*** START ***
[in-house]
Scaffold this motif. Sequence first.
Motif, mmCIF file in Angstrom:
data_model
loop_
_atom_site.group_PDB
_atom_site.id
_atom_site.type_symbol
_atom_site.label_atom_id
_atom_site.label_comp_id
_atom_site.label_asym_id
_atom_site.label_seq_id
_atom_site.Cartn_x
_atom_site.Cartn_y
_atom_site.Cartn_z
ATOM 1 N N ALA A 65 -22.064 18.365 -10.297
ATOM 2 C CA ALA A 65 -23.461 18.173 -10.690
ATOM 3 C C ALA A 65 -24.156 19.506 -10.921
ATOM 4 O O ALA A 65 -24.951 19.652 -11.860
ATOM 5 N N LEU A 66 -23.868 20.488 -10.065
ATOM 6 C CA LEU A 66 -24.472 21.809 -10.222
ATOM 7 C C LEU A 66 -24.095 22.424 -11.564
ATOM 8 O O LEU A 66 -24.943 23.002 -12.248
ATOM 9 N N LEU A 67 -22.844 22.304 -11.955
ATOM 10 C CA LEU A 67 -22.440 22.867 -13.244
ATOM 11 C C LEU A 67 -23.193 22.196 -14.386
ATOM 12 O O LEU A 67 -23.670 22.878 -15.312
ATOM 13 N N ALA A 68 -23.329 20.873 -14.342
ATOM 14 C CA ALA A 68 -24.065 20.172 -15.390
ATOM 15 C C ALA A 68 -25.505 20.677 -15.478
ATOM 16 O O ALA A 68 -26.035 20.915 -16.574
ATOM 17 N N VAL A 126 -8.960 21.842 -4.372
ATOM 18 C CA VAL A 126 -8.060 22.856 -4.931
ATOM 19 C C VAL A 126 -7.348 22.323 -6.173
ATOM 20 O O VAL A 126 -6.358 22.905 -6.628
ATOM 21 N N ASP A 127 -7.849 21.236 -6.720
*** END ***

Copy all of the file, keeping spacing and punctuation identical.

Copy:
[in-house]
Scaffold this motif. Sequence first.
Motif, mmCIF file in Angstrom:
data_model
loop_
_atom_site.group_PDB
_atom_site.id
_atom_site.type_symbol
_atom_site.label_atom_id
_atom_site.label_comp_id
_atom_site.label_asym_id
_atom_site.label_seq_id
_atom_site.Cartn_x
_atom_site.Cartn_y
_atom_site.Cartn_z
ATOM 1 N N ALA A 65 -22.064 18.365 -10.297
ATOM 2 C CA ALA A 65 -23.461 18.173 -10.690
ATOM 3 C C ALA A 65 -24.156 19.506 -10.921
ATOM 4 O O ALA A 65 -24.951 19.652 -11.860
ATOM 5 N N LEU A 66 -23.868 20.488 -10.065
ATOM 6 C CA LEU A 66 -24.472 21.809 -10.222
ATOM 7 C C LEU A 66 -24.095 22.424 -11.564
ATOM 8 O O LEU A 66 -24.943 23.002 -12.248
ATOM 9 N N LEU A 67 -22.844 22.304 -11.955
ATOM 10 C CA LEU A 67 -22.440 22.867 -13.244
ATOM 11 C C LEU A 67 -23.193 22.196 -14.386
ATOM 12 O O LEU A 67 -23.670 22.878 -15.312
ATOM 13 N N ALA A 68 -23.329 20.873 -14.342
ATOM 14 C CA ALA A 68 -24.065 20.172 -15.390
ATOM 15 C C ALA A 68 -25.505 20.677 -15.478
ATOM 16 O O ALA A 68 -26.035 20.915 -16.574
ATOM 17 N N VAL A 126 -8.960 21.842 -4.372
ATOM 18 C CA VAL A 126 -8.060 22.856 -4.931
ATOM 19 C C VAL A 126 -7.348 22.323 -6.173
ATOM 20 O O VAL A 126 -6.358 22.905 -6.628
ATOM 21 N N ASP A 127 -7.849 21.236 -6.720